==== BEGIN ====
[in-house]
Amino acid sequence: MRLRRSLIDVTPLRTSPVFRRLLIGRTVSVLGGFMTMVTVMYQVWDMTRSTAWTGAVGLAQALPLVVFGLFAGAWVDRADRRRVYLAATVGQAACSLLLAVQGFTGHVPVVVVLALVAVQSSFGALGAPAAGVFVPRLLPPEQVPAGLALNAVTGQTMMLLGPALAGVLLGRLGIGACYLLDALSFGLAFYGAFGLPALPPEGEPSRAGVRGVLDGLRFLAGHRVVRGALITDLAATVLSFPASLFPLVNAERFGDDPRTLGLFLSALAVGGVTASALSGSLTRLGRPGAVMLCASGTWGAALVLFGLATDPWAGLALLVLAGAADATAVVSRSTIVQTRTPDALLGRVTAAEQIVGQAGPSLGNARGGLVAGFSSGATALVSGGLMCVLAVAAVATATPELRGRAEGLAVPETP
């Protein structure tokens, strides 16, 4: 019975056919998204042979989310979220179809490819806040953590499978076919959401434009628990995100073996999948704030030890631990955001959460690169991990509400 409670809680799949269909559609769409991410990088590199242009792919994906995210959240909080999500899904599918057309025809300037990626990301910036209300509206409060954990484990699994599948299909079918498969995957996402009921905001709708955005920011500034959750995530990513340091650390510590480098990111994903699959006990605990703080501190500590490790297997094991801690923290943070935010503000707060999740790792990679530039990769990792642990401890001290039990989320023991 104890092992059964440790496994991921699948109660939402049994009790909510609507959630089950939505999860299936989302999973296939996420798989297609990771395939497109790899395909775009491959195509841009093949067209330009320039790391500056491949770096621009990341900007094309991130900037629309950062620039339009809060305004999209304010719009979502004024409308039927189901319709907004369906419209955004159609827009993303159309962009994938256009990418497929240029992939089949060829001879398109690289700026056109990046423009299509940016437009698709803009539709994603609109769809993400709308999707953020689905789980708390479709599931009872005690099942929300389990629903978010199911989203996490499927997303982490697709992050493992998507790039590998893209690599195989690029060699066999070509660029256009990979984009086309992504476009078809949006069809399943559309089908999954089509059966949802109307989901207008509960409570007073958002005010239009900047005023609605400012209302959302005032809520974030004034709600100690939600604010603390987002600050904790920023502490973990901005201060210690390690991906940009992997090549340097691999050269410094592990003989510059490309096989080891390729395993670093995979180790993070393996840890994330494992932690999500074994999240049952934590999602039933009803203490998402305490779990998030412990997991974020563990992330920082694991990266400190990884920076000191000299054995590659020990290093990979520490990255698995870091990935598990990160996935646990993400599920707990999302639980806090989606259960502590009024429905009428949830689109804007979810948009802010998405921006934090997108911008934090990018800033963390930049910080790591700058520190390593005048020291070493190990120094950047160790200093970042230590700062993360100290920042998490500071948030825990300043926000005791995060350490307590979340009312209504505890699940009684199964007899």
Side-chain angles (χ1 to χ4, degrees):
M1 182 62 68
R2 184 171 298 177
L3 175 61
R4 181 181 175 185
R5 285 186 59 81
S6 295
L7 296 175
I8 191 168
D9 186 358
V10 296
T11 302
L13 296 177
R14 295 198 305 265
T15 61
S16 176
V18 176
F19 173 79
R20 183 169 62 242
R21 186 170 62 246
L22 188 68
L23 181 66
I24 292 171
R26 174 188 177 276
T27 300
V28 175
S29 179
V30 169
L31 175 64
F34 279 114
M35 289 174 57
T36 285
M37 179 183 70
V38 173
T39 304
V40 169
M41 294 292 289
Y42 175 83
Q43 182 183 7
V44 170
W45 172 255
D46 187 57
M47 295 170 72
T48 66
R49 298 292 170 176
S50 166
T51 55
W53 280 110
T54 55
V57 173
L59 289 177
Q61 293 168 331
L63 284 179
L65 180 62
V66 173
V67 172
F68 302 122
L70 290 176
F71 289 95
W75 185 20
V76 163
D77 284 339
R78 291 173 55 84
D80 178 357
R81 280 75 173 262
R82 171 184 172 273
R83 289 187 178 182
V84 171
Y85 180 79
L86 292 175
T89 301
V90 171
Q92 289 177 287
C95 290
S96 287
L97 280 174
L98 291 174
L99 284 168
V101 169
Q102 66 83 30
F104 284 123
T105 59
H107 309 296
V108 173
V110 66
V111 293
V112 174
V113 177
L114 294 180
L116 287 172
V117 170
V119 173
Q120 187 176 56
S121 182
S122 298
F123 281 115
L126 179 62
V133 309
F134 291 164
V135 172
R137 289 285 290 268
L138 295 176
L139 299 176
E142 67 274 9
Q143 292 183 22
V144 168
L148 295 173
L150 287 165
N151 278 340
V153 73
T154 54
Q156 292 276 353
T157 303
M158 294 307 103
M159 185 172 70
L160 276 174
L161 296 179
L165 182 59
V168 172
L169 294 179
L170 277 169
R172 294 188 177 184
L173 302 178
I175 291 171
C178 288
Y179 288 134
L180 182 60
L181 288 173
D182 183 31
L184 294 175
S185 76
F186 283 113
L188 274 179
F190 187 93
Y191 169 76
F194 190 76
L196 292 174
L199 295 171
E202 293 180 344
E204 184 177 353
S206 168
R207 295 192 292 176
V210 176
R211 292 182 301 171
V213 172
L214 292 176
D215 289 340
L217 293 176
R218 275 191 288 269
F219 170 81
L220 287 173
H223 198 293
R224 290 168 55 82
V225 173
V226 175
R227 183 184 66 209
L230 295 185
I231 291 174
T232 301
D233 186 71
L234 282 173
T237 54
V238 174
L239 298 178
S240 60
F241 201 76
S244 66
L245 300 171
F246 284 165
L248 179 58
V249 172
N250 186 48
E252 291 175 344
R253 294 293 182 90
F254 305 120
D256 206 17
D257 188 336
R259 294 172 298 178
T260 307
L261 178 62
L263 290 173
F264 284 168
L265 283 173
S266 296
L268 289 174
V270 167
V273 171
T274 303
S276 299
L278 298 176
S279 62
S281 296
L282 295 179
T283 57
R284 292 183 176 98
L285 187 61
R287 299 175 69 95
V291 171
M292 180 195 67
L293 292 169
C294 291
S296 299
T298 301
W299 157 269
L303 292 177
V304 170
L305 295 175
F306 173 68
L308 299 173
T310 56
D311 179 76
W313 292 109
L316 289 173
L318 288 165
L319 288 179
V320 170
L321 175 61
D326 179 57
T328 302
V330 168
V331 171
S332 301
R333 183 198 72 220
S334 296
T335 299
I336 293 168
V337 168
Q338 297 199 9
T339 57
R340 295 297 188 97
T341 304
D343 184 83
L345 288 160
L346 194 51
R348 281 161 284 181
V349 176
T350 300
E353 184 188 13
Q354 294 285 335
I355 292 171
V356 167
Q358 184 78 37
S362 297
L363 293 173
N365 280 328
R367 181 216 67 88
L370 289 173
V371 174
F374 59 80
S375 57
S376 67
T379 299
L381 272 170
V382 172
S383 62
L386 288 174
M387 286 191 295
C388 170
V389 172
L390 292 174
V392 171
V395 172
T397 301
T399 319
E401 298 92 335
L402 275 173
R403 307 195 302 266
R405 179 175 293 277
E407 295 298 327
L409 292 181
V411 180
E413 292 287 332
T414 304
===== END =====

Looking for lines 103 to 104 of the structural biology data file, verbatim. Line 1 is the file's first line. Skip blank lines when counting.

V135 172
R137 289 285 290 268